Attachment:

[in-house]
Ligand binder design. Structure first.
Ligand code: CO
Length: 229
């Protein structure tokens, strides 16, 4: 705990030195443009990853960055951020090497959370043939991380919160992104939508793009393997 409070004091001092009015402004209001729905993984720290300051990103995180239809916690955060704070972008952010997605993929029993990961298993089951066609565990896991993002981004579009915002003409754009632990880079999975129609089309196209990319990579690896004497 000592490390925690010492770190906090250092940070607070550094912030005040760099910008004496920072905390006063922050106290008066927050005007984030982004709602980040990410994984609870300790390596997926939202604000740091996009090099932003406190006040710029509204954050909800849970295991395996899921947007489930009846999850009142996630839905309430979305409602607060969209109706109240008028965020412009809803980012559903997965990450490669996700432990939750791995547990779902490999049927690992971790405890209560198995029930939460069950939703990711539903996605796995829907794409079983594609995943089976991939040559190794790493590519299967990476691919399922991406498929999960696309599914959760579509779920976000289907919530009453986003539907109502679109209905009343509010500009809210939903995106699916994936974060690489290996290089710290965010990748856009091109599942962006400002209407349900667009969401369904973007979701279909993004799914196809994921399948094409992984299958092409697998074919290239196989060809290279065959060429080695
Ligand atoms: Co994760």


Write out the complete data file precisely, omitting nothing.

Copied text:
[in-house]
Ligand binder design. Structure first.
Ligand code: CO
Length: 229
């Protein structure tokens, strides 16, 4: 705990030195443009990853960055951020090497959370043939991380919160992104939508793009393997 409070004091001092009015402004209001729905993984720290300051990103995180239809916690955060704070972008952010997605993929029993990961298993089951066609565990896991993002981004579009915002003409754009632990880079999975129609089309196209990319990579690896004497 000592490390925690010492770190906090250092940070607070550094912030005040760099910008004496920072905390006063922050106290008066927050005007984030982004709602980040990410994984609870300790390596997926939202604000740091996009090099932003406190006040710029509204954050909800849970295991395996899921947007489930009846999850009142996630839905309430979305409602607060969209109706109240008028965020412009809803980012559903997965990450490669996700432990939750791995547990779902490999049927690992971790405890209560198995029930939460069950939703990711539903996605796995829907794409079983594609995943089976991939040559190794790493590519299967990476691919399922991406498929999960696309599914959760579509779920976000289907919530009453986003539907109502679109209905009343509010500009809210939903995106699916994936974060690489290996290089710290965010990748856009091109599942962006400002209407349900667009969401369904973007979701279909993004799914196809994921399948094409992984299958092409697998074919290239196989060809290279065959060429080695
Ligand atoms: Co994760």